I’ve tried a racier Danish version of the Bakfiets called the Bullitt (you might have seen one or two in Richmond being used by couriers).  We ended up going with a long tail because its handling is hardly different from that of a regular bicycle, while the Bullitt takes a lot of getting used to.  I’m not sure if the learning curve would be as steep for a more traditional Bakfiets.  Click here for a guide on some further types of European cargo bikes and a list of U.S. retailers.

The Long Tail Option

Probably the most common and least expensive option in the U.S. for hauling a lot of stuff is a long tail bicycle.  A long tail looks a lot like a regular bicycle, but the back end of the frame is stretched out so that you can have a really long rack and big bags on the back.  I recently strapped a heavy 5-gallon bucket of roof coating to the side of my long tail and didn’t have any handling problems‚ even with my 45-pound son also on the back.

That’s the type of cargo bike my family opted for, partly because it handles very much like a regular bicycle.  Our Yuba Mundo is rated to carry up to 200 pounds in addition to the rider, and it has enough room on the rear rack that you can even attach two child seats — or have space for as many as two older children to sit.

Trek, Kona, Surly, and Xtracycle (Edgerunner and Cargo Joe models) all have long tail models too, with somewhat different configurations and carrying capacities.  Kona and Yuba also offer “mid-tail” bikes that offer good carrying capacity but are not as stretched out (and therefore not as heavy) as the full-on long tails.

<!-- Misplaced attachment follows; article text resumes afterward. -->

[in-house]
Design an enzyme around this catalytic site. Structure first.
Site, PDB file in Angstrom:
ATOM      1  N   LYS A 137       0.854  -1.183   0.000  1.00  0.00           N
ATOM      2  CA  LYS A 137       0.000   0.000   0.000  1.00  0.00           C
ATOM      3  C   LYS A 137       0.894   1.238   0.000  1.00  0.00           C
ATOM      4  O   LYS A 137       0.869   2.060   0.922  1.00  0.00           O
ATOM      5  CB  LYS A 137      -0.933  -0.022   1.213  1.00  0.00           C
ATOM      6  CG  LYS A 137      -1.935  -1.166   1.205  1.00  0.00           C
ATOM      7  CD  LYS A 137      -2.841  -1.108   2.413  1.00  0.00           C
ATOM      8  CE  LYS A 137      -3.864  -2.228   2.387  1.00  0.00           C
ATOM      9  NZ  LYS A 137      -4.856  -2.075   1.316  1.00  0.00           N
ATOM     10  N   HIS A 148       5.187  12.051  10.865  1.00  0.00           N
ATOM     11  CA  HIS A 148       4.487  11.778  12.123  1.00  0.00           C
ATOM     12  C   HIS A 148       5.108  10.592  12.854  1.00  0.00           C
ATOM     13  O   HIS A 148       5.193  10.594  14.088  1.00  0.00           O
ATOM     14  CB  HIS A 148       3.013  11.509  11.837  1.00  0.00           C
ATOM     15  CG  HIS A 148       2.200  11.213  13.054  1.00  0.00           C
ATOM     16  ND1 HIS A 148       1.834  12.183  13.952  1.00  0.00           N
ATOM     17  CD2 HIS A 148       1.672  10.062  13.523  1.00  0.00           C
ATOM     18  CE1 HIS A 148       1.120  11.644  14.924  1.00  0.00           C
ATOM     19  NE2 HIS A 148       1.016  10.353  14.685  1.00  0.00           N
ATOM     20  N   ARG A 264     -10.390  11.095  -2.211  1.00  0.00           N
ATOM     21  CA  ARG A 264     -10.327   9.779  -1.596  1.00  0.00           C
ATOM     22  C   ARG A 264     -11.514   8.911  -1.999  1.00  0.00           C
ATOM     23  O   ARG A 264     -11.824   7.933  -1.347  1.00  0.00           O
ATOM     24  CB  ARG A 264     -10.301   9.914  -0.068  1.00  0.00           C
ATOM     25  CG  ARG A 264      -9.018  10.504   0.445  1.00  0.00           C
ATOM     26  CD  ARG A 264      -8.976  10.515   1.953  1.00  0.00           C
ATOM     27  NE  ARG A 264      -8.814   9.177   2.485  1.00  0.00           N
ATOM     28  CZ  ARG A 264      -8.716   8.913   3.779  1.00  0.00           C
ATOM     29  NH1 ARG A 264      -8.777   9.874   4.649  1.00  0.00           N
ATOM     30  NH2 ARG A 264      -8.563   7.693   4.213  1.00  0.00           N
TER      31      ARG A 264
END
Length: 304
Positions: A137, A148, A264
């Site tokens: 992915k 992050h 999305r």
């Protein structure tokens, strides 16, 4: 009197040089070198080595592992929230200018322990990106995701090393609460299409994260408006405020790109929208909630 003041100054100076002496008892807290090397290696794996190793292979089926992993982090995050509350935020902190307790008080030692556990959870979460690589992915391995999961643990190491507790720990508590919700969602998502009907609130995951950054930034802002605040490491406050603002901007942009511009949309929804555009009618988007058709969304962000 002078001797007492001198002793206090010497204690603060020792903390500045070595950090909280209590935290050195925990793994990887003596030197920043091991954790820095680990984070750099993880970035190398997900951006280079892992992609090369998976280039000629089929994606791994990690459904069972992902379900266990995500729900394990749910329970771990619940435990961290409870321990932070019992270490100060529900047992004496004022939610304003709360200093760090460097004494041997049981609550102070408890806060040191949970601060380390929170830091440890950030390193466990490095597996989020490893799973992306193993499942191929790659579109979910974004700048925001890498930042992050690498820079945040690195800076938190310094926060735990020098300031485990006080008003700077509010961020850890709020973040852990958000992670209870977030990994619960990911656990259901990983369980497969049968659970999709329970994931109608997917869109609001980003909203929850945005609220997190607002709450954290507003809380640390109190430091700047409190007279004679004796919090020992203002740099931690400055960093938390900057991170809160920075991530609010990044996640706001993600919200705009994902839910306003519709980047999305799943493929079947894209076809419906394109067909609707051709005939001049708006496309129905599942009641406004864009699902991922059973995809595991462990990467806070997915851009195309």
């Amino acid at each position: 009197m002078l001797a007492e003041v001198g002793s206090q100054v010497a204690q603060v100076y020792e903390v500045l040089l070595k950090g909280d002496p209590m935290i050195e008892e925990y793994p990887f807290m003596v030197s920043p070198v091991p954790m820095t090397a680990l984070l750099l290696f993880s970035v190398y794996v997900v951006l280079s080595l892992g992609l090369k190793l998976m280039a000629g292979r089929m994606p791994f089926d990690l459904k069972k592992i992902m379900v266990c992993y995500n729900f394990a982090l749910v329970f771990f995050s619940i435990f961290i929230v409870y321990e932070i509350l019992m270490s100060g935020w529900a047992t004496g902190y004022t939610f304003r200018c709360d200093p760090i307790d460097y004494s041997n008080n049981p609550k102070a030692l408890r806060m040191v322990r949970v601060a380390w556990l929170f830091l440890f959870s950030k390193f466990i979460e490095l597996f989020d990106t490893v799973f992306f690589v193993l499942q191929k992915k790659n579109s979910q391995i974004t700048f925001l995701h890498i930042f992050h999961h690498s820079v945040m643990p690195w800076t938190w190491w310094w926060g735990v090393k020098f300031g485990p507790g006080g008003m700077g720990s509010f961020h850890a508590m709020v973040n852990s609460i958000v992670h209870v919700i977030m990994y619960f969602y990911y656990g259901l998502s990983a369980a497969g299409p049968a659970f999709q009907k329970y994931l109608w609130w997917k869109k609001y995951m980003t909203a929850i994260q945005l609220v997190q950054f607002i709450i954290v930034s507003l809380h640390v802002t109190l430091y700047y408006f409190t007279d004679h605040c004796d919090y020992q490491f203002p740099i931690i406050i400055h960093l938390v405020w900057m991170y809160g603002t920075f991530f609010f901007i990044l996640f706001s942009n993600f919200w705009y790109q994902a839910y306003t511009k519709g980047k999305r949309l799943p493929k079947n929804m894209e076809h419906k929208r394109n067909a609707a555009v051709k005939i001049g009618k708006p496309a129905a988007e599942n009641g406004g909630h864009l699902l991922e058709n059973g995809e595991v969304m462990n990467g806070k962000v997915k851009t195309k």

A Madsen set up for rainy weather riding.

A Madsen set up for rainy weather riding.

Madsen also offers an especially striking long tail with a big plastic bucket on the back that can carry even 3 or 4 kids.  The least expensive option is the Xtracycle Free Radical kit, which can be used to convert a mountain or hybrid bike into a long tail.  Some people swear by the Free Radical, but since the “extra” part of the frame is bolted on, it can’t carry as much weight as some of the others.

If the idea of pedaling up one of Richmond’s hills with, say, a hundred pounds of kid or cargo on a 50 or 60-pound bike sounds nuts, there are two things to consider: it’s really good exercise and not as tough as it might seem; and you can get many of these models with an electric motor that will help.

How to Choose

If you get to the point of seriously considering making the investment in a cargo bike, the toughest part is getting the opportunity to try one out.  Richmond Bicycle Studio carries Yuba bikes, and there are local Trek and Kona dealers that might have one of their long tails in stock.  A super nice guy in the DC area sells Bullitts through Kasperscargos.  He leaves bikes in stores in various cities to sell on commission, but even brought one to us to try out when he was passing through Richmond.  The closest place I’ve been able to locate traditional Bakfiets is New York City.  There are also a good number of reviews on the web, so you can do some research in advance too.


3 Responses to “Bikes for Carrying You and Your Stuff”

  1. Stuart October 20, 2013 at 2:35 AM #

    I got a Civia Twin City this summer that’s an affordable all around daily driver. Its got an integrated rear rack sturdy enough to ride an adult, fenders, and an internally geared 5 speed hub. I prefer the shifting action of internal hubs over derailleurs and imho they require less maintenance. Not sure why more US bikes aren’t equipped with them. I put a Basil front carrier on it and attach a milk crate for grocery runs. Now no car needed for any trips in town, no matter the weather.


  1. Northside Happenings | Bikeable Richmond - May 27, 2014

    […] said, there are a growing number of good cargo bikes out there.  An earlier post on cargo bikes is here.  Check out articles from Momentum Mag here and here to learn more.  They also have a review of […]

  2. Day Two: Kindertransport | Subversive Suburbanite - May 13, 2014

    […] (Image pinched from a very relevant blog post – thank you […]